I think about how often I still hear, “We promoted him because he has that hard to describe ‘special something’.” Or, “Qualified candidates of color are so hard to find…oh and remind me again, what is an HBCU?”

I think about the makeup and look of the board rooms and C-Suite leadership teams that I meet with all around the world.

Those visual pictures are worth 401 years of words.

All has never meant all. On August 23, Jacob Blake was shot in the back seven times in front of his family by heavily armed police officers. They were afraid of what he was “thinking about doing.”

Take a moment to visualize your son, brother, husband, or father being shot 7 times in front of you because of what he was thinking about doing. How does anyone know what a person is thinking? You only truly know what YOU are thinking. We will find out more over time about why this officer felt he had to shoot Jacob. Fear is usually the reason, and hate fuels this fear.

All has never meant All. Which is why all lives matter is a lie. They clearly do not.

I hope that even if the phrase Black Lives Matter pisses you off, that you believe that Black lives matter. Of course, white lives matter as well. But, when a person says, “white lives matter” in response to another saying, “Black Lives Matter,” it is not a statement, it is a reaction.

Do you ever think about why no one in history ever said those words “All Lives Matter” prior to the Black Lives Matter movement?  It’s because there was no reason that anyone needed to say it.

It exists now only in response to people saying that Black lives matter. Its roots are defensive and emotional, thus creating a verbal counterpunch. Where is the innovation in that?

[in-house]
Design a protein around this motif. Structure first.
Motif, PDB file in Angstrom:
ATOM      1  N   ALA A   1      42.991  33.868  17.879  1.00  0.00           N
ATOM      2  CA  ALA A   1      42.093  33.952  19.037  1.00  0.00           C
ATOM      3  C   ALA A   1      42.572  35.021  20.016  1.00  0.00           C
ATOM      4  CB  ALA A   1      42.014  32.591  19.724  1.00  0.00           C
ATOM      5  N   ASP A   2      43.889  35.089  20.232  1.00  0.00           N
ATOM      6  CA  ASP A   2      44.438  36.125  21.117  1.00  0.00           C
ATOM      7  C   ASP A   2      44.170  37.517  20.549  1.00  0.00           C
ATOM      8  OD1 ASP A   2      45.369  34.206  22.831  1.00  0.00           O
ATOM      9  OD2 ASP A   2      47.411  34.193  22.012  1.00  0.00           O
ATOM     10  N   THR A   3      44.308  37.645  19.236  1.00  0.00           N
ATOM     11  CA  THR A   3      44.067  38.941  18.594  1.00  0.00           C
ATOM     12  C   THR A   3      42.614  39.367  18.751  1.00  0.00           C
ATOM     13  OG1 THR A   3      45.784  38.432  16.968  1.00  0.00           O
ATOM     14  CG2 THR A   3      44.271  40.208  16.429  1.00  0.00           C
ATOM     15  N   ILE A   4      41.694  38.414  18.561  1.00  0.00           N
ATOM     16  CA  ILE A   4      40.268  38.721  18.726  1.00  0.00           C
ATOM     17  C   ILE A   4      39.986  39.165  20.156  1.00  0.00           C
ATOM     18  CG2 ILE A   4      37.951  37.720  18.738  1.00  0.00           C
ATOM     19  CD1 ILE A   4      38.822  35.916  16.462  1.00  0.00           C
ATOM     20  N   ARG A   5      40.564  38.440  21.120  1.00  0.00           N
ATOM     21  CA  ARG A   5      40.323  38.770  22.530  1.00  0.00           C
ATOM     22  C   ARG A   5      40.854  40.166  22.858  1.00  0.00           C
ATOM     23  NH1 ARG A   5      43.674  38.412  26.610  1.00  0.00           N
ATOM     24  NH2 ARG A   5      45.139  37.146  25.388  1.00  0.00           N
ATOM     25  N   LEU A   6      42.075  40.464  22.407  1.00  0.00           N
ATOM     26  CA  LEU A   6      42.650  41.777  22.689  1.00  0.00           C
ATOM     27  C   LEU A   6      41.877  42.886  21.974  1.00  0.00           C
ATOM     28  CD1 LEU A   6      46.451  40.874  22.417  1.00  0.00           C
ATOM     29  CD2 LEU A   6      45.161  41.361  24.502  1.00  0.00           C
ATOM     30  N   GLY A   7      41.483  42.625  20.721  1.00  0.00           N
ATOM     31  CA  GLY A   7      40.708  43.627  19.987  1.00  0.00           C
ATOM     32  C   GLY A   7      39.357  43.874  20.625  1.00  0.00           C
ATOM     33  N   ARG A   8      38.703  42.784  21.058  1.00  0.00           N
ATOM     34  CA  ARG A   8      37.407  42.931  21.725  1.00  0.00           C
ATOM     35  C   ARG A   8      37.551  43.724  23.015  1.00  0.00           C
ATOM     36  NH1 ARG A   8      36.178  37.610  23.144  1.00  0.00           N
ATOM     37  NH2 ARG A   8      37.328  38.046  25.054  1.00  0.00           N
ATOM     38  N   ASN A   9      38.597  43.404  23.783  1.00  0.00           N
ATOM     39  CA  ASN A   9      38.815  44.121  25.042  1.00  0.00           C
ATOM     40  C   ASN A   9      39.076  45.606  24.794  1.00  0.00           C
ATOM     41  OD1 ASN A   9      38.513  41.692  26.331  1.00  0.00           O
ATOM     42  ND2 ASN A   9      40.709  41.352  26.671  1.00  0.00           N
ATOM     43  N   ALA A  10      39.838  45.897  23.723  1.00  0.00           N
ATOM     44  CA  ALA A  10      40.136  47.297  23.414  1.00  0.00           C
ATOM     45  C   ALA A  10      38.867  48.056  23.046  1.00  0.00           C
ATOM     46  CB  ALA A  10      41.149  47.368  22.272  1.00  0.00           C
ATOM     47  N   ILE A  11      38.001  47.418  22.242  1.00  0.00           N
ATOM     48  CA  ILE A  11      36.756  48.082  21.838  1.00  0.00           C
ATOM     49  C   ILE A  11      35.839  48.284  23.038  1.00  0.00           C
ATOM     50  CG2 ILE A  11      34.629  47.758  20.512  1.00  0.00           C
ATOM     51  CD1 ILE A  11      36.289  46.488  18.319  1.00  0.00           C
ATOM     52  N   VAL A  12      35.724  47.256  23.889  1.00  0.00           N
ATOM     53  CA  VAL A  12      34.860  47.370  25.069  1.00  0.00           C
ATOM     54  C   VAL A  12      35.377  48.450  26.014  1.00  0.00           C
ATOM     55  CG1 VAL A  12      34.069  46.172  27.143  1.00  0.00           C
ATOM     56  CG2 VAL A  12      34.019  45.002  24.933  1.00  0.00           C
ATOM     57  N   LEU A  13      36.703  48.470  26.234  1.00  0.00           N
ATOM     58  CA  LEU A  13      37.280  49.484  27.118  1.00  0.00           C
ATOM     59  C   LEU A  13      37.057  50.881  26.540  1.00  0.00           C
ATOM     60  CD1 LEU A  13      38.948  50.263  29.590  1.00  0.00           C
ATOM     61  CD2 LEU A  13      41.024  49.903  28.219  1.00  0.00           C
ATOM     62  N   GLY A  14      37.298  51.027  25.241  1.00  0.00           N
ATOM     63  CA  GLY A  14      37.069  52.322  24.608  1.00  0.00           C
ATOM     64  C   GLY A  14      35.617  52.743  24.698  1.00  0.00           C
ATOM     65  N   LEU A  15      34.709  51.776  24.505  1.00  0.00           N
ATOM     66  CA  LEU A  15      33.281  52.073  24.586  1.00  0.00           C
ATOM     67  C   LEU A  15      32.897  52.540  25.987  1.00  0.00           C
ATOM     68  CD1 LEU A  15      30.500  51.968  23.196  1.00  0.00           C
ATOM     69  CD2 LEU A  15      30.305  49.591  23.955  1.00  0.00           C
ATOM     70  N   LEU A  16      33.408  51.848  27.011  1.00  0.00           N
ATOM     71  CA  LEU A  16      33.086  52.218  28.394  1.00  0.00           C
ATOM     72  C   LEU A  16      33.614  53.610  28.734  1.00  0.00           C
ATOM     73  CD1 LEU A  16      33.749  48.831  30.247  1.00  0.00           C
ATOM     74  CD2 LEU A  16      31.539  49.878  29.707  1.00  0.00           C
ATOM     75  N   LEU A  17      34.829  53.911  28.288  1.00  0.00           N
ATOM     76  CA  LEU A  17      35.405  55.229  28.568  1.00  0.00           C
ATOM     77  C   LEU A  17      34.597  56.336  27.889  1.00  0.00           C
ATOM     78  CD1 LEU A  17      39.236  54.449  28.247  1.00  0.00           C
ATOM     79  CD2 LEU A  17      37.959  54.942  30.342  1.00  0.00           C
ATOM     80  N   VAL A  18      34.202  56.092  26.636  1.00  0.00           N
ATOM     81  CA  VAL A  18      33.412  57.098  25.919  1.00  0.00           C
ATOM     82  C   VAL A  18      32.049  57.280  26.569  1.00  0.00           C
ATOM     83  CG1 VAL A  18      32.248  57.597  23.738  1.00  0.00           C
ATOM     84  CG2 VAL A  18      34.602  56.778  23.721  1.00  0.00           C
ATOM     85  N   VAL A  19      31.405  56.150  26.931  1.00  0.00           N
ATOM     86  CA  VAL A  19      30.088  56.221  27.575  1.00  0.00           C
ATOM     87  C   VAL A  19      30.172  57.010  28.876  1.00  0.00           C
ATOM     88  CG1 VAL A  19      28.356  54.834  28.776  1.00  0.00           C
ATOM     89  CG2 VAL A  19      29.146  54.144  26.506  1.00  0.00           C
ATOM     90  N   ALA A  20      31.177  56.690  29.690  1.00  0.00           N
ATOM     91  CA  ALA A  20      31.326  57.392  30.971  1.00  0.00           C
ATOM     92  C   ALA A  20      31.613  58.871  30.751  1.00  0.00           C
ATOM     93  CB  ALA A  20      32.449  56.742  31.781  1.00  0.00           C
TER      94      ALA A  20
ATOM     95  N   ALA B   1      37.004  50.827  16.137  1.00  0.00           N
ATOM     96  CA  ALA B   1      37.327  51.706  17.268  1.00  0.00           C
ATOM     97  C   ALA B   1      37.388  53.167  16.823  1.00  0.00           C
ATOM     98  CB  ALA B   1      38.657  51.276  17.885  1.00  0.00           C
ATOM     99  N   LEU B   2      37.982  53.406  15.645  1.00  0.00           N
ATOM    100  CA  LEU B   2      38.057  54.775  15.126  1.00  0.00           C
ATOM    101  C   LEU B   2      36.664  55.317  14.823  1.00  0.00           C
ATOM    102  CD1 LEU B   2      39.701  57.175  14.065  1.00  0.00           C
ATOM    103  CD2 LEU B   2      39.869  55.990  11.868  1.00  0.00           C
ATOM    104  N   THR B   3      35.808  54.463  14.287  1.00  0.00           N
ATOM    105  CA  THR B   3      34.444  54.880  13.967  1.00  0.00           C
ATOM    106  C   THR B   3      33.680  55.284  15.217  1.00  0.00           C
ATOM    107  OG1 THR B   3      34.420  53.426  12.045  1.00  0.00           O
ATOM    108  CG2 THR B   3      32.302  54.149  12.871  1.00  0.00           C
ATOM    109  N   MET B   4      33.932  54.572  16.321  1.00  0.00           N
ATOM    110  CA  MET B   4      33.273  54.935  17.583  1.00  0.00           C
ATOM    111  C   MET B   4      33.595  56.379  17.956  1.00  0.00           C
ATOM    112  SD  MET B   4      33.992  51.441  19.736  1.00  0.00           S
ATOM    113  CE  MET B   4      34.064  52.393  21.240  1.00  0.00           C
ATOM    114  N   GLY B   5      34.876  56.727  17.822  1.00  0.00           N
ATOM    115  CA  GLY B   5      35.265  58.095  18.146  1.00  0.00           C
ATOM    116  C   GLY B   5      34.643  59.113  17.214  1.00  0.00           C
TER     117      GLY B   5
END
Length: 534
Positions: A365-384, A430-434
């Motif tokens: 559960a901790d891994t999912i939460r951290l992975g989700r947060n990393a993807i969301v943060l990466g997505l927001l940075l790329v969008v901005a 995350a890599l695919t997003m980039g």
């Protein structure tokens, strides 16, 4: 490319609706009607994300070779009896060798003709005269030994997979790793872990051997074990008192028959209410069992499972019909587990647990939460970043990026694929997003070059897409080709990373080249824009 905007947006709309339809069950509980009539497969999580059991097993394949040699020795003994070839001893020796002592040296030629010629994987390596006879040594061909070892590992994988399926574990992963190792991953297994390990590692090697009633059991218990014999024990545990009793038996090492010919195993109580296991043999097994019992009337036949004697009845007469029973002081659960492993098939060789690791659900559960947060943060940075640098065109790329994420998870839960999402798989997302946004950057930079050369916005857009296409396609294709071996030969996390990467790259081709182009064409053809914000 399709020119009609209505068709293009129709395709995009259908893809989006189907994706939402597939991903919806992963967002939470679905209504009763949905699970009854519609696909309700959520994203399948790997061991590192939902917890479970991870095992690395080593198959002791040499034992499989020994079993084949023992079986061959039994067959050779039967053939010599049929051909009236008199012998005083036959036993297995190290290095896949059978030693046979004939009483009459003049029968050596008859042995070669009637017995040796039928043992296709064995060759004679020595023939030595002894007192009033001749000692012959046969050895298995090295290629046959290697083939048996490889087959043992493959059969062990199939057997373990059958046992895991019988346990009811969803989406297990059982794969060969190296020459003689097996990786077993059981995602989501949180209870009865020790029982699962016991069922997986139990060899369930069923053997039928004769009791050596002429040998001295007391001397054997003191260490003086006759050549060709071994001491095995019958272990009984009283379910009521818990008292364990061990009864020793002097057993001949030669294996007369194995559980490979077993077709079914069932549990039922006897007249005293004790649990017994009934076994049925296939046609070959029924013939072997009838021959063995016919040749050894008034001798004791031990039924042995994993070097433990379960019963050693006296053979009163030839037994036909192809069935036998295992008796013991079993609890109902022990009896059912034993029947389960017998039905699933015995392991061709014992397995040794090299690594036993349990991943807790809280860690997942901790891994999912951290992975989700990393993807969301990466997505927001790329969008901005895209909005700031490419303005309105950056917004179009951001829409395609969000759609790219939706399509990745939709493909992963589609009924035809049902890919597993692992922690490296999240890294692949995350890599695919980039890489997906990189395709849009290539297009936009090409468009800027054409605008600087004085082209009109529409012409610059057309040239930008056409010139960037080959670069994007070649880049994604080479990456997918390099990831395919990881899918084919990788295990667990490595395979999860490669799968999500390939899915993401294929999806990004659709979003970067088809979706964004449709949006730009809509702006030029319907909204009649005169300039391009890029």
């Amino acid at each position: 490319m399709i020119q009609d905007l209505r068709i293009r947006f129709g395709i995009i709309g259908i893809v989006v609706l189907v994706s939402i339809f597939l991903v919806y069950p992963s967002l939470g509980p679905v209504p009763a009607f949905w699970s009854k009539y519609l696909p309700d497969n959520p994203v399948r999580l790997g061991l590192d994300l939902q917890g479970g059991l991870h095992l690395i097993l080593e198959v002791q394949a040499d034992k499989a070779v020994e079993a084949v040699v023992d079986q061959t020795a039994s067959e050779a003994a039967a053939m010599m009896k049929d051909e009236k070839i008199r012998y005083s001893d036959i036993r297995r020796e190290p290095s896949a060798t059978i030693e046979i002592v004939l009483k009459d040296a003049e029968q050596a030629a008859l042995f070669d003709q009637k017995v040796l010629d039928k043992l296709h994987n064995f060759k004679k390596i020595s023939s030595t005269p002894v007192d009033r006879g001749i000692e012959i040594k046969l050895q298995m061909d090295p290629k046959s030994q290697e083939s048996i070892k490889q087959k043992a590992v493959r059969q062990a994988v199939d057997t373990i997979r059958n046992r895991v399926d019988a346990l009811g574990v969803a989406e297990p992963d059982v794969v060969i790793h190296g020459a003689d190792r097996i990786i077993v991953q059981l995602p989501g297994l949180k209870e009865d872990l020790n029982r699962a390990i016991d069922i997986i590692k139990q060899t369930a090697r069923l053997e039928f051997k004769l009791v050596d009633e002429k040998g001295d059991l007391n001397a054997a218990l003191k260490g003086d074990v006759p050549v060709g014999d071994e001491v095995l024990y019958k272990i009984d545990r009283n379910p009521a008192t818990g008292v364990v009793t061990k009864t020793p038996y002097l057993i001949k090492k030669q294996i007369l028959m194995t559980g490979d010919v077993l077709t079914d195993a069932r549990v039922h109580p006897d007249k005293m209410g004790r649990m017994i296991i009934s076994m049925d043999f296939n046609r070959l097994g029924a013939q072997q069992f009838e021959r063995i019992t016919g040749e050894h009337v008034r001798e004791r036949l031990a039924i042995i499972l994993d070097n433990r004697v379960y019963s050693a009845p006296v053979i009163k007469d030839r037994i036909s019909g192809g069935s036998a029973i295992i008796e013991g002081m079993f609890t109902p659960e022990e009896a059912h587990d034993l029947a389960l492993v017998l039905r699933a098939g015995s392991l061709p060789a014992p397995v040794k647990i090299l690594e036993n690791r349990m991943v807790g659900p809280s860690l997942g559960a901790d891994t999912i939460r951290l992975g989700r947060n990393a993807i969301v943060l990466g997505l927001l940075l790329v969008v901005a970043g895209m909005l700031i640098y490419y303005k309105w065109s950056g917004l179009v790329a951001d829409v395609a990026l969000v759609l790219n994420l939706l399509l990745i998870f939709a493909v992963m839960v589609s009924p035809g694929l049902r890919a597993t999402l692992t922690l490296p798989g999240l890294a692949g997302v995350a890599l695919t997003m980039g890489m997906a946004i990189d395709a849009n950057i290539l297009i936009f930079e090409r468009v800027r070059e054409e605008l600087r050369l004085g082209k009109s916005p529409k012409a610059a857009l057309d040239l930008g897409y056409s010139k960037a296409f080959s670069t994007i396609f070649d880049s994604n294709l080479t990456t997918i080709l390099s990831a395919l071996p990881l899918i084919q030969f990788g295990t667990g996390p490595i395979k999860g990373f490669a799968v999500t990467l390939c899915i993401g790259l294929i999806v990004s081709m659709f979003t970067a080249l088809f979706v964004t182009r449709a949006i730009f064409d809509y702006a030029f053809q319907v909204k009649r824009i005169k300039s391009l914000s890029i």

The originators of Black Lives Matter were supporters who were calling attention to and raising awareness of primarily one thing – police brutality that causes the death of unarmed Black life with no consequences for police officers, except paid leave. “All lives matter” is a head fake – a distraction that avoids addressing police brutality and its origins.  

Great Place To Work is For All Now. So, let's get to work on building that world I was telling you about. The one where All really means All. 

So many people are suffering from Covid-19, financial losses, and racism. We must work on all these things, not just two out of three. We are all part of purpose-driven organizations that want all our people and stakeholders to thrive. Clearly our nation needs our help right now.

Where to start?

First, look at the faces on your next Webex, Zoom or GoToMeeting. Who do you see? Who don’t you see?

Second, look at the analytics. Our data of 10 million employees surveyed last year including over two million Black employees, is crystal clear: It’s all about promoting people. Black promotions matter.

Promotions of underrepresented people with a tenure of more than three years is ten times more important than recruiting and hiring, or recognizing cultural celebrations once a year.  Only after we focus on promotion can we talk seriously about inclusion and belonging.

Great Place To Work is For All Now. In our free sessions you will learn to activate your ERGs, hold tough conversations about racism—including how to handle someone saying “all lives matter” at a virtual town hall — and much more, so that your organization can look different (you know what I mean), feel different, and be different (top to bottom) by 2023.

Our For All Now series kicks off in October, so stay tuned for the registration details which are coming from my team soon.

In the meantime, I strongly suggest unlearning about racism and learning about anti-racism by reading or listening to these books: White Fragility by Robin DiAngelo and How to Be an Antiracist by Ibram X. Kendi.

It’s going to take all of us, and we need your help. Let’s make it so that All really does mean For All…Now 

Stay safe, stay well, stay open.

Michael C. Bush